Why I Love Truffles

Daniel Galmiche, Executive Chef at The Vineyard

I really like the month of January, not only because of the snow fall, as it often does in winter in Franche-Comte (next to Switzerland), where I come from, but also for the truffle, this famous beautiful pungent fungus, which I love. It is this time of the year where we can have fun creating a truffle menu, which you can come to enjoy on Saturday 9th February.

So what type of truffle we will use? Well, we would love to use the white, but the season for this type is over. They are also the most expensive coming from Northern Italy, in the region of the Piedmont from a town called Alba. They have a massive scent, and are often sliced raw on top of risotto for example. But they are also used in plenty of other dishes in the season from October to December.

For Saturday’s menu we will use the black Périgord truffle from South West France. They have the best flavour really; we call them the diamond of the kitchen. They can also be found in Spain, Italy, Croatia, Slovakia, and Serbia.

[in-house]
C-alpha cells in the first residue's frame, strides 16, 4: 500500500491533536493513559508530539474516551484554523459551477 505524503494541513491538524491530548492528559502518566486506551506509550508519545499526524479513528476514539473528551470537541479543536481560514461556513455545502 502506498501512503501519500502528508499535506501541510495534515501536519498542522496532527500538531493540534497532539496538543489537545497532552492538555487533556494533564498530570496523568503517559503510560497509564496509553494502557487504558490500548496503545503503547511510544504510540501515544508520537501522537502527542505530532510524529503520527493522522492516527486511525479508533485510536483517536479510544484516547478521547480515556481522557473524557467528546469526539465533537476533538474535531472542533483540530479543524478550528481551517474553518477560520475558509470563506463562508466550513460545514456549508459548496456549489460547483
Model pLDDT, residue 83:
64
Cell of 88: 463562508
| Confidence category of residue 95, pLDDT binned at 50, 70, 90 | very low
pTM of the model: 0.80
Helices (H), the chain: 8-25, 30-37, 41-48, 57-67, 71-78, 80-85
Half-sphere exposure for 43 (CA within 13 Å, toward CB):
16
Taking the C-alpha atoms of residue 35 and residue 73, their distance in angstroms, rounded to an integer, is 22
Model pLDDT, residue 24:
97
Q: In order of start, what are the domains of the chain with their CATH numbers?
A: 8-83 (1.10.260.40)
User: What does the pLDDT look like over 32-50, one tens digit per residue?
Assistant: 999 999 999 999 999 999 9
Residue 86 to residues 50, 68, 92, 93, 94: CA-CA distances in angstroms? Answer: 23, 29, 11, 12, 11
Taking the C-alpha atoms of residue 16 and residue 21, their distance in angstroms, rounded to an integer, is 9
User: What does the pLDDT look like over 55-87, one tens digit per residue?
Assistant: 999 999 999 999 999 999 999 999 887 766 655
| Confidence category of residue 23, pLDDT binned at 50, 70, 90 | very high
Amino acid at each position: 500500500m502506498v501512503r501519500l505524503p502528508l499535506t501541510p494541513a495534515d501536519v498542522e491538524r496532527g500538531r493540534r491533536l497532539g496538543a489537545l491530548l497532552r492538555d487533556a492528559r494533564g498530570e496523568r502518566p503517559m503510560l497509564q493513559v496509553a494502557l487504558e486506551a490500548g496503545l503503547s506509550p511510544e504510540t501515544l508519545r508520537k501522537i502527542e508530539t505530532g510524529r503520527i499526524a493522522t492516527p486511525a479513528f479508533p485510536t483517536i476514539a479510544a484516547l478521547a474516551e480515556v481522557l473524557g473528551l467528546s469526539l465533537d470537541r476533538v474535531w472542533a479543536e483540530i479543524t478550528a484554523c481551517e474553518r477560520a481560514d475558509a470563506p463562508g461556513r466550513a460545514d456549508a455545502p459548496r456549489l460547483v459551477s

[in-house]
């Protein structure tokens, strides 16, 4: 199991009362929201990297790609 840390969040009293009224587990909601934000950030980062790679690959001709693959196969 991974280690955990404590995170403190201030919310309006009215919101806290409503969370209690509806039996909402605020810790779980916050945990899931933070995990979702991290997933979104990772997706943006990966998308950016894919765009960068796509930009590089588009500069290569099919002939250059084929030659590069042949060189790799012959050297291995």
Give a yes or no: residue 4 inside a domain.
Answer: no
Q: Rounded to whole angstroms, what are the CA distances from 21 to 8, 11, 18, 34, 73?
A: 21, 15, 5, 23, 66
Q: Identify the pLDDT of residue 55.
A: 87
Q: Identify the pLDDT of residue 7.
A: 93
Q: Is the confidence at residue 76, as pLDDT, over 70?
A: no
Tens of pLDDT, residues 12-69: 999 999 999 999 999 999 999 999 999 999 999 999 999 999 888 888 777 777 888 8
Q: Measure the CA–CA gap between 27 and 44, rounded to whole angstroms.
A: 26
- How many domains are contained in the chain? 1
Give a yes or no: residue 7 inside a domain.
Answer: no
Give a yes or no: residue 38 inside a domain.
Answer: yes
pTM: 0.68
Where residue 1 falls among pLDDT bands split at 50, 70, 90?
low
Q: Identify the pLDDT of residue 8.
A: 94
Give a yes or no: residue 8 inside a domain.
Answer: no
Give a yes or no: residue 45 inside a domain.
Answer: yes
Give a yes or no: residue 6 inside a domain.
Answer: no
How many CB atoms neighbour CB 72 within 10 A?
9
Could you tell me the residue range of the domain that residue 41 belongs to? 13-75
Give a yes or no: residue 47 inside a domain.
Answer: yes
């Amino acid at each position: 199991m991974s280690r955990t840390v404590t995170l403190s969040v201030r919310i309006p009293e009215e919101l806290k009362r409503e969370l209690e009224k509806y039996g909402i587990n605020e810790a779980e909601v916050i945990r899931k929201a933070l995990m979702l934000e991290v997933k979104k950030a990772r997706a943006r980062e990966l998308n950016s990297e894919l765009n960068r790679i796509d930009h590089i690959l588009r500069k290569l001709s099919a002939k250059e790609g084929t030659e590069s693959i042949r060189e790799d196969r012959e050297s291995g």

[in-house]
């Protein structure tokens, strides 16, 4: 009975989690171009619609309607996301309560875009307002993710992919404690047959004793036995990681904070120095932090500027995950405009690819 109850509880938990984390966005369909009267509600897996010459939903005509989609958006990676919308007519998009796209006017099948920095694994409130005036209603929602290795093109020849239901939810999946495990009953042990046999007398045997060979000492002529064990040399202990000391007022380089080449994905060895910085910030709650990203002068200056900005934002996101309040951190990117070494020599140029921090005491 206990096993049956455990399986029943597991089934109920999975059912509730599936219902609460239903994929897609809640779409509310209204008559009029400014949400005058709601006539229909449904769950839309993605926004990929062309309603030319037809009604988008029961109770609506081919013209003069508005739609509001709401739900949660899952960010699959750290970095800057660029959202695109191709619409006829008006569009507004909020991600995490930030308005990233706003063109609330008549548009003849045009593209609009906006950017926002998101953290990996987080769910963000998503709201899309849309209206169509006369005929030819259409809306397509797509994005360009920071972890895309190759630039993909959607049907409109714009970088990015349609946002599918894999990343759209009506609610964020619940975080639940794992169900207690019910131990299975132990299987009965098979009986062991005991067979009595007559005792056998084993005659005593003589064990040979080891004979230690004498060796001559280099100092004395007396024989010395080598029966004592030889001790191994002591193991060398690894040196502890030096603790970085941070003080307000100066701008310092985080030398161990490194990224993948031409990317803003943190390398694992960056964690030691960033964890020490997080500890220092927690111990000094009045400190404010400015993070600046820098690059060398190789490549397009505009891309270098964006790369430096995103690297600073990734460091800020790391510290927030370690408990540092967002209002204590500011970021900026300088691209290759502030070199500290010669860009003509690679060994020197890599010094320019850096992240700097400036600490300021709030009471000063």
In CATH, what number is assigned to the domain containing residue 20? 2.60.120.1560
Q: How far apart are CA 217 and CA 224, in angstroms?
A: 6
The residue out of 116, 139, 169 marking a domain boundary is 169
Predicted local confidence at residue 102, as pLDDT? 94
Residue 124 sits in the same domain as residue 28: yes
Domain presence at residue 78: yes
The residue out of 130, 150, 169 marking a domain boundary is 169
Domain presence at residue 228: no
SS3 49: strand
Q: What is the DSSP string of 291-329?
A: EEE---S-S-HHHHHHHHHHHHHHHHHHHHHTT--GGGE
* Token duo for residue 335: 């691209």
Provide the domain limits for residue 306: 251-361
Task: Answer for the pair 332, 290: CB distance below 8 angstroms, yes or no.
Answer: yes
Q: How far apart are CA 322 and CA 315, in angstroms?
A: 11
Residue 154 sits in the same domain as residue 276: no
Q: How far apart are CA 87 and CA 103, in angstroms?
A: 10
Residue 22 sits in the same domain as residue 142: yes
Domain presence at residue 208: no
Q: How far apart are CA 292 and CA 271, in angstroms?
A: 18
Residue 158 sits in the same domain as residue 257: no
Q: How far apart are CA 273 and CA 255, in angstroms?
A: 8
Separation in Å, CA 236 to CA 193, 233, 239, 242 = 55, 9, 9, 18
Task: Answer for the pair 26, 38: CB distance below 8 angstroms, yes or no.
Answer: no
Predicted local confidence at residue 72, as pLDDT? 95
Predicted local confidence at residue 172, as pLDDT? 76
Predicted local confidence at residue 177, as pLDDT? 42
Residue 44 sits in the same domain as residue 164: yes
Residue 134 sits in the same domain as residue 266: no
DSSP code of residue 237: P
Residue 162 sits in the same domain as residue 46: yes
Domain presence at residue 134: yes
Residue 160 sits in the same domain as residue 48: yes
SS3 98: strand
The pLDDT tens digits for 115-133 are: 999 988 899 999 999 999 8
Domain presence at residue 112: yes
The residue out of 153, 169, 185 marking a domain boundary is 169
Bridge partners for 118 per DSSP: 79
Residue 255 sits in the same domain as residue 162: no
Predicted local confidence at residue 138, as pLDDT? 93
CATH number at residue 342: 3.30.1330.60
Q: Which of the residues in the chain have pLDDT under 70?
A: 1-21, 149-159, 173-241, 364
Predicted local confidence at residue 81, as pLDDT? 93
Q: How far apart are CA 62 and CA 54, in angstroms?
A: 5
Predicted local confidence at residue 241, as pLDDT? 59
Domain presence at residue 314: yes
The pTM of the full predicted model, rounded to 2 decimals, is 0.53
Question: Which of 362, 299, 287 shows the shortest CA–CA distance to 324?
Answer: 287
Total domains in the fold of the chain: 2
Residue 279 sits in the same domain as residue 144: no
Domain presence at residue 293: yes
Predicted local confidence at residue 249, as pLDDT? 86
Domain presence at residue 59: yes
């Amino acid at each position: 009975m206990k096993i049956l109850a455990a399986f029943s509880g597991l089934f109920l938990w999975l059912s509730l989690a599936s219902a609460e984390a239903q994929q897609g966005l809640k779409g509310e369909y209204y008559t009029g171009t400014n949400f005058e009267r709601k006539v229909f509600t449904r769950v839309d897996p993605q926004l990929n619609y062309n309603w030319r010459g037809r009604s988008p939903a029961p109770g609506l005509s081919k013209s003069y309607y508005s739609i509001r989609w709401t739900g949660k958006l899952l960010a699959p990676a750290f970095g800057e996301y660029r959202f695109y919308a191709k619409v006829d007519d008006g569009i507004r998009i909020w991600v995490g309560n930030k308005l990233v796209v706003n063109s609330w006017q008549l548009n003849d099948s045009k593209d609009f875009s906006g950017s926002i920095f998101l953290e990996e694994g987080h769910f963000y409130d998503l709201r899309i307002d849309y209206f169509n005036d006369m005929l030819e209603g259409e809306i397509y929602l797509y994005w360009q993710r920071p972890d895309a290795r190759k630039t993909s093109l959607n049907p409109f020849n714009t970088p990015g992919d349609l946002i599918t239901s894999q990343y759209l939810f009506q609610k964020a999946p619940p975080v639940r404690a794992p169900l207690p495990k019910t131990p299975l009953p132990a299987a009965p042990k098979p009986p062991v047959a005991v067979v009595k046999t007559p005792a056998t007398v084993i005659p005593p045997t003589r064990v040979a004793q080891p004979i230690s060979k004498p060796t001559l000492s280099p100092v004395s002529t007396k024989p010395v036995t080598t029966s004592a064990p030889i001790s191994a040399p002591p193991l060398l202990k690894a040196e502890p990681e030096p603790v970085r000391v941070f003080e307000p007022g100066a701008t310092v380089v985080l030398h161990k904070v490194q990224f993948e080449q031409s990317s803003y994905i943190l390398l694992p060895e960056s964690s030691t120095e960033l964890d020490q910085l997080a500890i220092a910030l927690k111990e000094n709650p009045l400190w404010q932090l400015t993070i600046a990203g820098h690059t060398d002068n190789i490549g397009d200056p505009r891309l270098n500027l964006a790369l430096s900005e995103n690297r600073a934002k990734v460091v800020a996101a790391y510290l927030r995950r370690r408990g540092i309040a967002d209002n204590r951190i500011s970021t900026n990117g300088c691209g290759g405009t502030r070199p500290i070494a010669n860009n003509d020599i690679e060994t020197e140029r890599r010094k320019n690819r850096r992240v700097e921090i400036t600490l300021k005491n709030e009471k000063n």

If you want to wait for cheaper truffles, which are also very good, look out for them next summer or autumn. They are black outside, beige with white vein inside and generally come from Burgundy, but can be found in other countries like Spain, Croatia, Portugal, and Britain. They are difficult to get hold of really unless you do happen to know a forager. However, supermarkets will sell them in a small jar, in brine of some sort, with one or two truffles in it.

Nothing can beat a fresh truffle though, so why not try my guinea fowl recipe in my French Brasserie Cookbook, great to have as a special treat with friends or family. Like I show in the recipe, black truffle can be cooked, unlike the white ones, which are used raw. You can also slice them very fine on top of food on a truffle potato salad for example.

So until next time, have fun cooking!


Daniel Galmiche